Although the Bright House program addresses only video now, Danowski says that it will be expanded to data. A cable modem will be included in the strategic partner’s wiring cabinet, and upon first log-in by the home owner, Bright House will re-direct the user’s browser to a sign-up and registration page. Best practice? The extent to which the program becomes a practice for other operators to emulate depends upon how well it fits into a cable company’s other operations and marketing programs.
"Many other service providers have made attempts at programs over the years, but none of these had the right formula," says Brent Armstrong, director of sales for structured wiring vendor On-Q. "Bright House is unique with their program, and it is a testament to their forward-thinking nature."
Justin J. Junkus is president of KnowledgeLink and telephony editor for Communications Technology. Sidebar: Why Component Quality Differs Cost is not the only reason for quality differences in structured wiring systems. Agreement on the metrics for the components used in the systems is not universal.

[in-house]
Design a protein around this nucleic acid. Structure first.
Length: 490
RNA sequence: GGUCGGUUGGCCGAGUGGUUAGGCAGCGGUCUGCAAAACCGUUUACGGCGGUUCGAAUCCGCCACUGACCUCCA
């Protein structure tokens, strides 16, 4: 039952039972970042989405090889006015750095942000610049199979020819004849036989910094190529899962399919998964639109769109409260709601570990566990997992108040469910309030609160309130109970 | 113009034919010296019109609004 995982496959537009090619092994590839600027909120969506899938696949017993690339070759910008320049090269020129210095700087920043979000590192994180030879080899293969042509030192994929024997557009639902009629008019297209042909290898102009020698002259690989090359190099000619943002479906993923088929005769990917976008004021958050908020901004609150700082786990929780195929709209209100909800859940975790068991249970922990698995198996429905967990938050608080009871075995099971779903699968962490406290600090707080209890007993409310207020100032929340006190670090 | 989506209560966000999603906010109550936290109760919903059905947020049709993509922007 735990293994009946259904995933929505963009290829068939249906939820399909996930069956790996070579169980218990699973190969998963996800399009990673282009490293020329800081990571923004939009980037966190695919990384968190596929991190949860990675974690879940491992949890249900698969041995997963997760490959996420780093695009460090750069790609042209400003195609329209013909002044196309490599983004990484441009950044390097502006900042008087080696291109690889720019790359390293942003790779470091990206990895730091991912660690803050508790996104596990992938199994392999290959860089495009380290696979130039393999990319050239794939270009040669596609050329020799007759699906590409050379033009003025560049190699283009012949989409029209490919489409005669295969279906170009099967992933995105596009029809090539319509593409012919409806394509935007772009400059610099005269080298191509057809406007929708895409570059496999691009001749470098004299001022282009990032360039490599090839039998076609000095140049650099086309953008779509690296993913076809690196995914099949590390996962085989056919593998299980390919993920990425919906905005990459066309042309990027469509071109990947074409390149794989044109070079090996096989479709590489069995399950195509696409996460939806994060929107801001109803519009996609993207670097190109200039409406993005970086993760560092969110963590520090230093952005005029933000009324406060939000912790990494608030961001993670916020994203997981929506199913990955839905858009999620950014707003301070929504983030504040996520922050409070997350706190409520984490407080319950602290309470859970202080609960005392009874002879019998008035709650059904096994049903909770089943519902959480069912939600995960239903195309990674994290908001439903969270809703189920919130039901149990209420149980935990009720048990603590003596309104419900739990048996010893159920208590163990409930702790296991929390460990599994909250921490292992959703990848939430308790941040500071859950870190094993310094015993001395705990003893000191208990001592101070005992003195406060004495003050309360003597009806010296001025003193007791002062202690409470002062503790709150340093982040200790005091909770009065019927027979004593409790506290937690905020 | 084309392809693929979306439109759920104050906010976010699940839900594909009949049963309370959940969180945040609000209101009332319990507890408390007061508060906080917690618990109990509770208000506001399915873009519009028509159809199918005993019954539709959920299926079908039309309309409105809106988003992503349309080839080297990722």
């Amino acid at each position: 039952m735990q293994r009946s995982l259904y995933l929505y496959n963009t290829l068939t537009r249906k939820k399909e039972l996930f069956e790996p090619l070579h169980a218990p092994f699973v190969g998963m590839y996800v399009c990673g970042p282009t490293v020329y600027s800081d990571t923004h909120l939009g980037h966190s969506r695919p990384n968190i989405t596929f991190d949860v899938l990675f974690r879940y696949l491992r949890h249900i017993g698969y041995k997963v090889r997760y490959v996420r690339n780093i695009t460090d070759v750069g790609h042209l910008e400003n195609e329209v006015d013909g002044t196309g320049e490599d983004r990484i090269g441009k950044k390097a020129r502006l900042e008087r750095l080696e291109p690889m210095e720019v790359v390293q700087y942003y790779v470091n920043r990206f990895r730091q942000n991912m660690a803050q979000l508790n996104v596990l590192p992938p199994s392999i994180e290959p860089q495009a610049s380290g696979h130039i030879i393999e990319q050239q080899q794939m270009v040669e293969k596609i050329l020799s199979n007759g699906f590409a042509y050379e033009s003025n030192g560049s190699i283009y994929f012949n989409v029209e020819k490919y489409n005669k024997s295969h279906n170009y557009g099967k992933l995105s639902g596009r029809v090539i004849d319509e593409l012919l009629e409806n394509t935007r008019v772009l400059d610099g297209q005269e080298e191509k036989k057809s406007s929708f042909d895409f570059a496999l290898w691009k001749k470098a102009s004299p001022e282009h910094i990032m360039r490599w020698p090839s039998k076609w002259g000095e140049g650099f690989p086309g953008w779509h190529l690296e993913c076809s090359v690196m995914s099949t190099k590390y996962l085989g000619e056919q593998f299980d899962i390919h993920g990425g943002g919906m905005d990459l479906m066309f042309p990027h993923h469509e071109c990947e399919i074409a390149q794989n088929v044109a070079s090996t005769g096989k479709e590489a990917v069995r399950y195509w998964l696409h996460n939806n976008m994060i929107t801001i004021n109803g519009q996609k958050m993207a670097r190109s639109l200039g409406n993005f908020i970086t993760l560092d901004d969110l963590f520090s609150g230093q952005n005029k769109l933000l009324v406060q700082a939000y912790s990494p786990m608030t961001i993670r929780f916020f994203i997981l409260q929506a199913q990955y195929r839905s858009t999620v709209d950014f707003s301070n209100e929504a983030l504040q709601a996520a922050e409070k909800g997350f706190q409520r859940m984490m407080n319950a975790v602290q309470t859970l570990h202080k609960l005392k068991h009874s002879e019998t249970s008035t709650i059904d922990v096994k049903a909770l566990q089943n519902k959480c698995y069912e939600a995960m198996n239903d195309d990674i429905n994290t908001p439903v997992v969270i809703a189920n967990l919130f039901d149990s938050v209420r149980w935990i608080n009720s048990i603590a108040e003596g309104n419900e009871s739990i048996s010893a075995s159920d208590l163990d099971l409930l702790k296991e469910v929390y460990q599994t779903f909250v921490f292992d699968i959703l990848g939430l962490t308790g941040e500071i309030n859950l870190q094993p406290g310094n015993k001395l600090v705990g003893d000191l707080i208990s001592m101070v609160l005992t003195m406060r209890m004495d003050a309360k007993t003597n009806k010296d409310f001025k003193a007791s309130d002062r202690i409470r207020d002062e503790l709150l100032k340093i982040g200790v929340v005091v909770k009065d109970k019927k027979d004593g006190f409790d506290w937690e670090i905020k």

Although all cable operators have their own specifications for component parameters, industry standards are not complete and take a long time to be finalized. There are several official SCTE standards for F-connectors, for example, but IPS SP 206, covering drop passives (splitters and couplers), and IPS SP 202 for drop amps, are not final and have been "in process" for some time now. There are as many reasons for the delay as there are parameters to be reviewed and discussed for each component.
Splitters, for example, need to be qualified by electrical characteristics including passband, return loss, port-to-port isolation, RF shielding, surge withstand capability, spurious signal rejection, operating temperature range, and insertion loss. In addition to electrical parameters, there are mechanical and environmental parameters that determine quality. Mechanical parameters include the type of housing, body plating metal, back plate material and thickness, how the unit is sealed (soldered is superior to epoxy), and even the threads on the F-connector. Environmental requirements include the degree of waterproofing, corrosion resistance and temperature performance.
Drop amps have a similar set of parameters, but their increased complexity can cause size to become an issue more often than with splitters.
Complicating these component issues is incomplete quality control, which has been aggravated by the prevalence of off-shore sourcing.
In its specifications for the structured wire cabinets and components, Bright House adheres to Time Warner specifications, which are generally regarded stringent. To ensure vendors meet the criteria, vendor-partner products must successfully pass Bright House testing before approval.